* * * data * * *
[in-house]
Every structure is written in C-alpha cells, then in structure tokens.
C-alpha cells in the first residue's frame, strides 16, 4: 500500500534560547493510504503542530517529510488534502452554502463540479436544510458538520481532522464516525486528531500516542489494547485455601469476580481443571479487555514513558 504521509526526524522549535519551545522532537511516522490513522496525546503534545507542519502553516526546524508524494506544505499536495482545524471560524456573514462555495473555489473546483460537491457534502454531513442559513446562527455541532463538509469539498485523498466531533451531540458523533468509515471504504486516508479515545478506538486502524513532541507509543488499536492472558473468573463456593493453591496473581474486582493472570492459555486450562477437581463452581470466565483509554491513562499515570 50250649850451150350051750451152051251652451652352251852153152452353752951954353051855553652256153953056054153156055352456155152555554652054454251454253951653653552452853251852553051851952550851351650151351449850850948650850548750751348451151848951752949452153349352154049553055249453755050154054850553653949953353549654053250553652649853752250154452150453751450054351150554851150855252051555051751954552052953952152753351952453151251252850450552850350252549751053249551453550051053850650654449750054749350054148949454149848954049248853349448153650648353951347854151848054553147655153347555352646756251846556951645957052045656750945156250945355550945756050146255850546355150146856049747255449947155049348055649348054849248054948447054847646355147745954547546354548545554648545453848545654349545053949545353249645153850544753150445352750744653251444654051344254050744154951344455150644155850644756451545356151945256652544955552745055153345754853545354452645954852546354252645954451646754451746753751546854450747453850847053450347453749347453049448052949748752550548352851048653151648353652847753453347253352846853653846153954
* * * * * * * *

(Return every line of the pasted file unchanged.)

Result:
[in-house]
Every structure is written in C-alpha cells, then in structure tokens.
C-alpha cells in the first residue's frame, strides 16, 4: 500500500534560547493510504503542530517529510488534502452554502463540479436544510458538520481532522464516525486528531500516542489494547485455601469476580481443571479487555514513558 504521509526526524522549535519551545522532537511516522490513522496525546503534545507542519502553516526546524508524494506544505499536495482545524471560524456573514462555495473555489473546483460537491457534502454531513442559513446562527455541532463538509469539498485523498466531533451531540458523533468509515471504504486516508479515545478506538486502524513532541507509543488499536492472558473468573463456593493453591496473581474486582493472570492459555486450562477437581463452581470466565483509554491513562499515570 50250649850451150350051750451152051251652451652352251852153152452353752951954353051855553652256153953056054153156055352456155152555554652054454251454253951653653552452853251852553051851952550851351650151351449850850948650850548750751348451151848951752949452153349352154049553055249453755050154054850553653949953353549654053250553652649853752250154452150453751450054351150554851150855252051555051751954552052953952152753351952453151251252850450552850350252549751053249551453550051053850650654449750054749350054148949454149848954049248853349448153650648353951347854151848054553147655153347555352646756251846556951645957052045656750945156250945355550945756050146255850546355150146856049747255449947155049348055649348054849248054948447054847646355147745954547546354548545554648545453848545654349545053949545353249645153850544753150445352750744653251444654051344254050744154951344455150644155850644756451545356151945256652544955552745055153345754853545354452645954852546354252645954451646754451746753751546854450747453850847053450347453749347453049448052949748752550548352851048653151648353652847753453347253352846853653846153954